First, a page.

This cello disc comprises three significant works by Viennese masters. Haydn’s delighful Divertimento in D Major was arranged for cello and piano by Gregor Piatigorsky from the original, composed for the viol-related baryton, viola and cello. Cellist Stéphane Tétreault is heartfelt in the opening Adagio’s melodies, still achieving classical poise with pianist Marie-Ève Scarfone. They convey the Menuet’s classicism and match the finale’s brightness and geniality. For me the disc’s highlight is Schubert’s Sonata in A Minor for the six-stringed, bowed arpeggione (1824), now usually played on the cello. The duo’s reading is impassioned, its expression tasteful. Dramatic arpeggios and leaps suggest agitation and crying. The Adagio’s emotional opening cello melody carries forward into a well-shaped long line. There is plenty of colour in Tétreault’s playing, with flexibility of tempo and perfect ensemble by the duo.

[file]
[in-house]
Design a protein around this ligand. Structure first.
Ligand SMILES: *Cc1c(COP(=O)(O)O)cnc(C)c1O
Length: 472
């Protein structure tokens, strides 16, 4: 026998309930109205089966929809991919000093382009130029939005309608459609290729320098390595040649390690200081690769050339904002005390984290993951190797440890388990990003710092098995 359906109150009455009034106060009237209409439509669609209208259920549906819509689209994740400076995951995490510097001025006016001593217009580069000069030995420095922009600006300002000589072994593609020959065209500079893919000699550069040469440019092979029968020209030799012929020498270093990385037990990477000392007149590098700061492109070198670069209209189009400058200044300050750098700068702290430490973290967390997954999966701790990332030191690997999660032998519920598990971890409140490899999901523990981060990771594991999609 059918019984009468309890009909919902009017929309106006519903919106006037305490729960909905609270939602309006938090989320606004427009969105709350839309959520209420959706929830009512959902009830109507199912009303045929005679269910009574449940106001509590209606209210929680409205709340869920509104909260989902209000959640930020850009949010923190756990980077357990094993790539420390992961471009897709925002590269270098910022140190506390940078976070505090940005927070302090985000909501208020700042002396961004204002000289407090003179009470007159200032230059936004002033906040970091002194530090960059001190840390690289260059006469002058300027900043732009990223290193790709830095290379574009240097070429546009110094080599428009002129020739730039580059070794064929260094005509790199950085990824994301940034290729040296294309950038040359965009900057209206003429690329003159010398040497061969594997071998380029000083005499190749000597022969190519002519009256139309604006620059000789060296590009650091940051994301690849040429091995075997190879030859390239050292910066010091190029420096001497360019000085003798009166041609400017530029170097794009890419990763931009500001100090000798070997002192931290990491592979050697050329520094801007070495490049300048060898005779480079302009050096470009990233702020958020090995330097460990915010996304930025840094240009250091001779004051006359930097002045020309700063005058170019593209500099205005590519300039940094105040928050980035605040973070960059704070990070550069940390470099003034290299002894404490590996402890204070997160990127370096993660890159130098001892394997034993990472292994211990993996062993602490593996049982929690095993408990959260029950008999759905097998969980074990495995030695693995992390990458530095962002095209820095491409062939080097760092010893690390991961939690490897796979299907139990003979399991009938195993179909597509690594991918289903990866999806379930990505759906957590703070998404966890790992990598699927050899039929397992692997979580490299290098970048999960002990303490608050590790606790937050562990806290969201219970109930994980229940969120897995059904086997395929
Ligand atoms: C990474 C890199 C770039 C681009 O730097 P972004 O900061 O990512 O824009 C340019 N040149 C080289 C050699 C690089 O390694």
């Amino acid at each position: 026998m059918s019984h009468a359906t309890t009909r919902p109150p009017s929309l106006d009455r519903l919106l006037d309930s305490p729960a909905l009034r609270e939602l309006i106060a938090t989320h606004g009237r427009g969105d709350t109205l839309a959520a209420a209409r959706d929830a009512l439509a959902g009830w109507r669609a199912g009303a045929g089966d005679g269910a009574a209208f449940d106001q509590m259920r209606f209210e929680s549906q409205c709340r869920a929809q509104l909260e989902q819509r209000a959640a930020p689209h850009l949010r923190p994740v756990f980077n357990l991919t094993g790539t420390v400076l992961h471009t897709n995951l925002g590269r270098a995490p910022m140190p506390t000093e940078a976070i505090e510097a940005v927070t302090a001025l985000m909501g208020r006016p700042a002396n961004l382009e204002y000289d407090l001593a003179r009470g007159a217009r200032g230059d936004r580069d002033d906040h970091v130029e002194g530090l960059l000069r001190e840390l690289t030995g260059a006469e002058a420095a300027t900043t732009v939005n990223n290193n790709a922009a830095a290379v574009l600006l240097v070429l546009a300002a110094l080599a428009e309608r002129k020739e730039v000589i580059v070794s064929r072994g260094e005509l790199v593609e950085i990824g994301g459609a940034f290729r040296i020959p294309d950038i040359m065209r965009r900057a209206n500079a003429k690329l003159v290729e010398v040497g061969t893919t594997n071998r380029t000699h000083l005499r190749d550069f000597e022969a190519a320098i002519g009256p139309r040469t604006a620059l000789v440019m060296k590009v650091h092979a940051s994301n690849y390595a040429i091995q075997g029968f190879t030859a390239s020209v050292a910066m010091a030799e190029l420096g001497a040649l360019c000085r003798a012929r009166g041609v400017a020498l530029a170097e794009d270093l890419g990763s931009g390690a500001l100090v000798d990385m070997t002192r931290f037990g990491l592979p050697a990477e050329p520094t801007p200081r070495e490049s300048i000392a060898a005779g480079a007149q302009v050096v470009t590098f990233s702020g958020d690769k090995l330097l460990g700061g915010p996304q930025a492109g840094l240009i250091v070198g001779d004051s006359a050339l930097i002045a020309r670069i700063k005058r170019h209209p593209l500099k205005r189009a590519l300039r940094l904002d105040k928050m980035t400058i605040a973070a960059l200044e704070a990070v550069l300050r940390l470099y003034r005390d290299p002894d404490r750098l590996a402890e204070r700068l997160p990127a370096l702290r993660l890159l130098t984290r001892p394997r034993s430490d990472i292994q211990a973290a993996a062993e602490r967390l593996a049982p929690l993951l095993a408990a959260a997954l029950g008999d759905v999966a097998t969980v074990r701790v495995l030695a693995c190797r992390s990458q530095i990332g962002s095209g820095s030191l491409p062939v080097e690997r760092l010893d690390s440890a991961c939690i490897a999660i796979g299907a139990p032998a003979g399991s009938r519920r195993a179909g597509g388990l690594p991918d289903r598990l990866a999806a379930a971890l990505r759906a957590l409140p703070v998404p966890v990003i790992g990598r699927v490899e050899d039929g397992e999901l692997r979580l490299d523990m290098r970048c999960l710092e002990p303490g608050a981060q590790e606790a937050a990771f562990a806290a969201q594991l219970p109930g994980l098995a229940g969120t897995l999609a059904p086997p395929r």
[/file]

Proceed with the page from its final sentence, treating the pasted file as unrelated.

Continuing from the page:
Lucie Renaud’s fine program notes point out nostalgic and historical elements in Brahms’ Sonata in E Minor (1871) – for example the second movement’s minuet and third movement’s fugato – and connections to the disc’s previous works. After the Schubert, I was struck by this piece’s analogous leaping cello cries in the first movement’s opening theme. And Brahms-like Schubert is a master at mixing major- and minor-key inflections that evoke shifting moods. The performers are neither routine nor precious in their expressive reading of the Menuetto. And Scarfone comes to the fore in the finale, playing its contrapuntal passages with fire and conviction.